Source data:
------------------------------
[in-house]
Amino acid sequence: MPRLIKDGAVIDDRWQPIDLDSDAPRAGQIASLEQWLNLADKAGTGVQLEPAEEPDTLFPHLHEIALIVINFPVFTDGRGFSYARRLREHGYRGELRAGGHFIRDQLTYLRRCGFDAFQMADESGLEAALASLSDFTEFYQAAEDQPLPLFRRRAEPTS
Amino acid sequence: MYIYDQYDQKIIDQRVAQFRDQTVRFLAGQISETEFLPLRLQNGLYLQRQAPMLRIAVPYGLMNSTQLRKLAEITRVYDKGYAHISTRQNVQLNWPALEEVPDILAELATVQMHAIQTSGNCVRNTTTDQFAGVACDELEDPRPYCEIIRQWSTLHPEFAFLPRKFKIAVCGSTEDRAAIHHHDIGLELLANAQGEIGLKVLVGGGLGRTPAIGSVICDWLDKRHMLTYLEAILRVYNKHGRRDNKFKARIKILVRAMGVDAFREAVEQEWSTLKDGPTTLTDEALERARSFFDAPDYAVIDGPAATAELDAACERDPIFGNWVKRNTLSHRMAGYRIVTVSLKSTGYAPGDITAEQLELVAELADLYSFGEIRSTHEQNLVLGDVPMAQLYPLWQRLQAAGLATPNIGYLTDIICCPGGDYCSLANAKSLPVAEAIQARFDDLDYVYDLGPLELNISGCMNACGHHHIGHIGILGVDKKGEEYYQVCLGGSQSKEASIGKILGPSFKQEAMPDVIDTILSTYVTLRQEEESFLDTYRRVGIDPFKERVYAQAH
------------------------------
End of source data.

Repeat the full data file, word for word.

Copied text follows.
[in-house]
Amino acid sequence: MPRLIKDGAVIDDRWQPIDLDSDAPRAGQIASLEQWLNLADKAGTGVQLEPAEEPDTLFPHLHEIALIVINFPVFTDGRGFSYARRLREHGYRGELRAGGHFIRDQLTYLRRCGFDAFQMADESGLEAALASLSDFTEFYQAAEDQPLPLFRRRAEPTS
Amino acid sequence: MYIYDQYDQKIIDQRVAQFRDQTVRFLAGQISETEFLPLRLQNGLYLQRQAPMLRIAVPYGLMNSTQLRKLAEITRVYDKGYAHISTRQNVQLNWPALEEVPDILAELATVQMHAIQTSGNCVRNTTTDQFAGVACDELEDPRPYCEIIRQWSTLHPEFAFLPRKFKIAVCGSTEDRAAIHHHDIGLELLANAQGEIGLKVLVGGGLGRTPAIGSVICDWLDKRHMLTYLEAILRVYNKHGRRDNKFKARIKILVRAMGVDAFREAVEQEWSTLKDGPTTLTDEALERARSFFDAPDYAVIDGPAATAELDAACERDPIFGNWVKRNTLSHRMAGYRIVTVSLKSTGYAPGDITAEQLELVAELADLYSFGEIRSTHEQNLVLGDVPMAQLYPLWQRLQAAGLATPNIGYLTDIICCPGGDYCSLANAKSLPVAEAIQARFDDLDYVYDLGPLELNISGCMNACGHHHIGHIGILGVDKKGEEYYQVCLGGSQSKEASIGKILGPSFKQEAMPDVIDTILSTYVTLRQEEESFLDTYRRVGIDPFKERVYAQAH